Mechanisms and management of refractory coeliac disease.
      • Rishi A.R.
      • Rubio-Tapia A.
      • Murray J.A.
      Refractory celiac disease.
      Aggressive nutritional support, together with open-capsule budesonide, is a common preferred initial therapy for RCD type 2.
      • Rubio-Tapia A.
      • Kelly D.G.
      • Lahr B.D.
      • Dogan A.
      • Wu T.T.
      • Murray J.A.
      Clinical staging and survival in refractory celiac disease: a single center experience.
      Other therapies should be discussed in a case-by-case manner in patients without response to nutritional support and budesonide.

      Future Possibilities in CD

      Celiac disease awareness has improved over the past decade. There is emerging evidence to support a nonbiopsy diagnosis of CD in children (and possibly for adults) that may facilitate detection of new cases in the appropriate clinical scenario. Currently, there is limited access to specialty CD care centers across the world, and this problem needs to be improved in the coming years. There is also an unmet need for nondietary therapies in CD.
      There are several nondietary therapies under different stages of development and/or clinical trials. The best outcome measures for CD trials are evolving.
      • Ludvigsson J.F.
      • Ciacci C.
      • Green P.H.
      • et al.
      Outcome measures in coeliac disease trials: the Tampere recommendations.
      More nondietary options are likely to become available as our understanding of the pathophysiology of CD increases.
      • Schuppan D.
      • Junker Y.
      • Barisani D.
      Celiac disease: from pathogenesis to novel therapies.
      Different targets in the pathophysiology of CD have been identified in clinical and preclinical trials as potential nondietary therapies (reviewed elsewhere
      • Veeraraghavan G.
      • Leffler D.A.
      • Kaswala D.H.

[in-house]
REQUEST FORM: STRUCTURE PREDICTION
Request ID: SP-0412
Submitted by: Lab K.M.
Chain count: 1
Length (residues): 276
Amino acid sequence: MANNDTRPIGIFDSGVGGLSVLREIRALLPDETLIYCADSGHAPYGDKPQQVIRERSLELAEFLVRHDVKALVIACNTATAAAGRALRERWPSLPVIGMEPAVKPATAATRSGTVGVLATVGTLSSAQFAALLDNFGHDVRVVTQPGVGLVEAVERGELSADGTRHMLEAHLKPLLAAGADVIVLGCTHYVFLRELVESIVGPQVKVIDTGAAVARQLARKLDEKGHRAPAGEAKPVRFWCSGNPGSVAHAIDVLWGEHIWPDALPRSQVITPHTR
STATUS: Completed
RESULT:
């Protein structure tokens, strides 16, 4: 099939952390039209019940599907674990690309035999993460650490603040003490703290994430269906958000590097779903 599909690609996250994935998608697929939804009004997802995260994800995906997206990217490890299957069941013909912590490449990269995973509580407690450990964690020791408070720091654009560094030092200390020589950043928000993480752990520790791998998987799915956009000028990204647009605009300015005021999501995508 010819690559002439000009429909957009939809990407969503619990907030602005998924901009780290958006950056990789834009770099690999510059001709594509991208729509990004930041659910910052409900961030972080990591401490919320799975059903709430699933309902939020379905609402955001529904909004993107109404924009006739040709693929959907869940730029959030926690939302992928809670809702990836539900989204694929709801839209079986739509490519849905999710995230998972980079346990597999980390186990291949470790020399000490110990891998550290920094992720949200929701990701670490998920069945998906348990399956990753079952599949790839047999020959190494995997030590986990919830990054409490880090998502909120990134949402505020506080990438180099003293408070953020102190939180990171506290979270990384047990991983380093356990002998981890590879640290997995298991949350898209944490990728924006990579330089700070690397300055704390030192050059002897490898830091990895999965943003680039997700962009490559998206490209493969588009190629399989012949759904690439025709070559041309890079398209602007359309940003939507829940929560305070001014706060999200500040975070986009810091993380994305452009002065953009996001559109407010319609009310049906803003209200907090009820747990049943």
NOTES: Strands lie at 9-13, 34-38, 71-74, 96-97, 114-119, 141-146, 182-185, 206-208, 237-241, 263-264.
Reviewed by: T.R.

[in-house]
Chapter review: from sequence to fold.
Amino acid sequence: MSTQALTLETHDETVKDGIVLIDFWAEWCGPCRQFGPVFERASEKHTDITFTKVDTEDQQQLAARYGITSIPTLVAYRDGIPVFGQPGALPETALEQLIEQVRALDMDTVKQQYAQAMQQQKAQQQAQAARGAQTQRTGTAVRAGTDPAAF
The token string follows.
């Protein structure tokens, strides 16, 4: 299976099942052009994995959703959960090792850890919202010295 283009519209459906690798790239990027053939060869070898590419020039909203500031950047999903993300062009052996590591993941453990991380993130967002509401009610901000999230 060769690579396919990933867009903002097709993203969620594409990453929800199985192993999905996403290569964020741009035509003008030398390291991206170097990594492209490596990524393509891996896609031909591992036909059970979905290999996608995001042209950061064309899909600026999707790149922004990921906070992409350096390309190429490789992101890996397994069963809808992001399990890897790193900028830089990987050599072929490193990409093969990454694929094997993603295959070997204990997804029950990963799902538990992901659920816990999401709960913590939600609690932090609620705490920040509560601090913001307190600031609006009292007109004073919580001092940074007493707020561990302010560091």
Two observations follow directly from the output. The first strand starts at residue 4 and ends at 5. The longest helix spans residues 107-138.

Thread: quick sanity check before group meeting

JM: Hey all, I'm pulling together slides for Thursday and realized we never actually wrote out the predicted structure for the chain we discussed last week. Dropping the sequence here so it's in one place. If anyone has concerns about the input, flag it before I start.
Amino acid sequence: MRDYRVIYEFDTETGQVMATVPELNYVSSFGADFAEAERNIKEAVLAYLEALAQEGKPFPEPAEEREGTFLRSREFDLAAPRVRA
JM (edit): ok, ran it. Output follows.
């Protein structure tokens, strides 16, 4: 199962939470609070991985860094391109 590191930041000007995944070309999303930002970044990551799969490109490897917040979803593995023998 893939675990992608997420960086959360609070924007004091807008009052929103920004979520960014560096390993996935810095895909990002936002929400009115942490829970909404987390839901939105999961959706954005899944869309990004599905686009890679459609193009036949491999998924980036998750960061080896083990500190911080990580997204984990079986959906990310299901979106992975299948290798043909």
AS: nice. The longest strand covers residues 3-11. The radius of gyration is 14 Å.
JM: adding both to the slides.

• Mukherjee R.
      Celiac disease 2015 update: new therapies.
      • Plugis N.M.
      • Khosla C.
      Therapeutic approaches for celiac disease.
      • Mukherjee R.
      • Kelly C.P.
      • Schuppan D.
      Nondietary therapies for celiac disease.
      ). The potential to induce tolerance to gluten in patients with CD with epitope-specific immunotherapy targeting T cells is exciting and a potentially remarkable discovery.
      • Goel G.
      • King T.
      • Daveson A.J.
      • et al.
      Epitope-specific immunotherapy targeting CD4-positive T cells in coeliac disease: two randomised, double-blind, placebo-controlled phase 1 studies.
      Other potential targets for nondietary therapies include oral proteases for gluten detoxification, zonulin antagonist to modulate tight junctions, gluten-sequestering polymers, transglutaminase type 2 inhibitors, and HLA-DQ2 blockers. These novel strategies provide promise of alternative or adjunctive treatment options beyond the gluten-free diet.
      There are evolving tools to allow patients to assess their food for gluten contamination including portable handheld gluten detection devices,
      • Taylor S.L.
      • Nordlee J.A.
      • Jayasena S.
      • Baumert J.L.
      Evaluation of a handheld gluten detection device.
      and both urine and stool tests are under development to detect gluten immunogenic peptides that may help to gauge gluten ingestion.
      • Syage J.A.
      • Kelly C.P.
      • Dickason M.A.
      • et al.
      Determination of gluten consumption in celiac disease patients on a gluten-free diet.
      • Moreno M.L.
      • Rodríguez-Herrera A.
      • Sousa C.
      • Comino I.
      Biomarkers to monitor gluten-free diet compliance in celiac patients.
      The specific role of these tools in clinical practice will require further study.
      There is an increased interest in other wheat/gluten-related disorders, but validation of diagnostic criteria and mechanistic insight are urgently needed. New therapies for RCD type 2 are also needed. Interleukin 15 inhibitors are under active investigation to avoid expansion and activation of aberrant intraepithelial lymphocytes.

      Conclusion

      Celiac disease has a wide geographic distribution across the world and affects 1% of non-Hispanic whites in the United States. A high index of clinical suspicion is needed for early diagnosis. The diagnosis is strongly supported on the basis of serologic testing, and duodenal histology is recommended to confirm the diagnosis in most clinical situations. Lifelong adherence to a gluten-free diet remains the only effective therapy for CD. Persistent or recurrent symptoms of CD are not uncommon after starting a gluten-free diet, and this situation requires a systematic evaluation to rule out gluten contamination and other associated conditions, including RCD.

      Supplemental Online Material